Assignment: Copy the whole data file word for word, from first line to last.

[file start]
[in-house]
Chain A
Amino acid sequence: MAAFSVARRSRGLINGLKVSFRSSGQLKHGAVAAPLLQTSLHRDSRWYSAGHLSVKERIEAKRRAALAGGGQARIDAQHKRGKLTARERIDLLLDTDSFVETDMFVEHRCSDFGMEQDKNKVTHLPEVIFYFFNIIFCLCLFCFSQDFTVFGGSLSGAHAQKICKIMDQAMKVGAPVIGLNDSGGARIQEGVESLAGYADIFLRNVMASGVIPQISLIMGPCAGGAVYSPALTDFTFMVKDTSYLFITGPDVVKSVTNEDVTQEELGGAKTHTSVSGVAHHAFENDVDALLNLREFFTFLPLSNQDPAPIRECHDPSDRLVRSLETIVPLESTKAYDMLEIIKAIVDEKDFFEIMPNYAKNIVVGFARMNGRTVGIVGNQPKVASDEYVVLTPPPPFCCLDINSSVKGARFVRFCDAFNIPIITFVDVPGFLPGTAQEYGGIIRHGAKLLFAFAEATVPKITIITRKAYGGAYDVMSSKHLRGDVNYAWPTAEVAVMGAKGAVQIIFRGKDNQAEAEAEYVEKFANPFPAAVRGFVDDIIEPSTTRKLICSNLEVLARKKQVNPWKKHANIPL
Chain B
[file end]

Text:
[in-house]
Chain A
Amino acid sequence: MAAFSVARRSRGLINGLKVSFRSSGQLKHGAVAAPLLQTSLHRDSRWYSAGHLSVKERIEAKRRAALAGGGQARIDAQHKRGKLTARERIDLLLDTDSFVETDMFVEHRCSDFGMEQDKNKVTHLPEVIFYFFNIIFCLCLFCFSQDFTVFGGSLSGAHAQKICKIMDQAMKVGAPVIGLNDSGGARIQEGVESLAGYADIFLRNVMASGVIPQISLIMGPCAGGAVYSPALTDFTFMVKDTSYLFITGPDVVKSVTNEDVTQEELGGAKTHTSVSGVAHHAFENDVDALLNLREFFTFLPLSNQDPAPIRECHDPSDRLVRSLETIVPLESTKAYDMLEIIKAIVDEKDFFEIMPNYAKNIVVGFARMNGRTVGIVGNQPKVASDEYVVLTPPPPFCCLDINSSVKGARFVRFCDAFNIPIITFVDVPGFLPGTAQEYGGIIRHGAKLLFAFAEATVPKITIITRKAYGGAYDVMSSKHLRGDVNYAWPTAEVAVMGAKGAVQIIFRGKDNQAEAEAEYVEKFANPFPAAVRGFVDDIIEPSTTRKLICSNLEVLARKKQVNPWKKHANIPL
Chain B